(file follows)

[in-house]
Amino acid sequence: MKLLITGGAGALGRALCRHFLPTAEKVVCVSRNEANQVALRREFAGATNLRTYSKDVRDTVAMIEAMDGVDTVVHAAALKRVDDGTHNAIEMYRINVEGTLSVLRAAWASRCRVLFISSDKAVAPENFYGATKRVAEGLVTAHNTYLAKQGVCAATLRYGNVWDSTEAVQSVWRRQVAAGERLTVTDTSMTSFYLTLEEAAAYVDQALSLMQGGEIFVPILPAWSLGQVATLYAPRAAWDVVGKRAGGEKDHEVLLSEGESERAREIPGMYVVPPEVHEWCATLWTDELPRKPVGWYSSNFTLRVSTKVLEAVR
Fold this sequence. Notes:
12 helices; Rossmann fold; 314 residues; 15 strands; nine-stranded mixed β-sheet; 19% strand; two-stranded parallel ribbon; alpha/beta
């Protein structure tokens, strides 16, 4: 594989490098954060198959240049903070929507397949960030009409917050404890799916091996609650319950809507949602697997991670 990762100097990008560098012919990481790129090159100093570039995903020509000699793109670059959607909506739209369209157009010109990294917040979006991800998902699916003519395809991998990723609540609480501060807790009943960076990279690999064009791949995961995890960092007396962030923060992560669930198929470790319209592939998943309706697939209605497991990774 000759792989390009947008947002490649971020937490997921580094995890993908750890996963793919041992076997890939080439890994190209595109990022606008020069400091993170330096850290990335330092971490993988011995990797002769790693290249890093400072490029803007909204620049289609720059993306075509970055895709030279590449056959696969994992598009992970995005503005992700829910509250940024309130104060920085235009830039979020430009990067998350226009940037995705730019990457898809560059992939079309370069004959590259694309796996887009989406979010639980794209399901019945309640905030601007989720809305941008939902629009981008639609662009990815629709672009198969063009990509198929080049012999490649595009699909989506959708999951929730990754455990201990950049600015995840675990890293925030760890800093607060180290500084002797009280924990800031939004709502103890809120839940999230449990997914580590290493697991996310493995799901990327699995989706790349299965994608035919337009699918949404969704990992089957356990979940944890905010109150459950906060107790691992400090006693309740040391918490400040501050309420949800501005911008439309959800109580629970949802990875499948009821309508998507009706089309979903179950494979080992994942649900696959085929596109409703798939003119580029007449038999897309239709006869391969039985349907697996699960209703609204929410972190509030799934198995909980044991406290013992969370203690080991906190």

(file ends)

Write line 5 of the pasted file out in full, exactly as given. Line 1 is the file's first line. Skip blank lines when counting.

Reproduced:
């Protein structure tokens, strides 16, 4: 594989490098954060198959240049903070929507397949960030009409917050404890799916091996609650319950809507949602697997991670 990762100097990008560098012919990481790129090159100093570039995903020509000699793109670059959607909506739209369209157009010109990294917040979006991800998902699916003519395809991998990723609540609480501060807790009943960076990279690999064009791949995961995890960092007396962030923060992560669930198929470790319209592939998943309706697939209605497991990774 000759792989390009947008947002490649971020937490997921580094995890993908750890996963793919041992076997890939080439890994190209595109990022606008020069400091993170330096850290990335330092971490993988011995990797002769790693290249890093400072490029803007909204620049289609720059993306075509970055895709030279590449056959696969994992598009992970995005503005992700829910509250940024309130104060920085235009830039979020430009990067998350226009940037995705730019990457898809560059992939079309370069004959590259694309796996887009989406979010639980794209399901019945309640905030601007989720809305941008939902629009981008639609662009990815629709672009198969063009990509198929080049012999490649595009699909989506959708999951929730990754455990201990950049600015995840675990890293925030760890800093607060180290500084002797009280924990800031939004709502103890809120839940999230449990997914580590290493697991996310493995799901990327699995989706790349299965994608035919337009699918949404969704990992089957356990979940944890905010109150459950906060107790691992400090006693309740040391918490400040501050309420949800501005911008439309959800109580629970949802990875499948009821309508998507009706089309979903179950494979080992994942649900696959085929596109409703798939003119580029007449038999897309239709006869391969039985349907697996699960209703609204929410972190509030799934198995909980044991406290013992969370203690080991906190």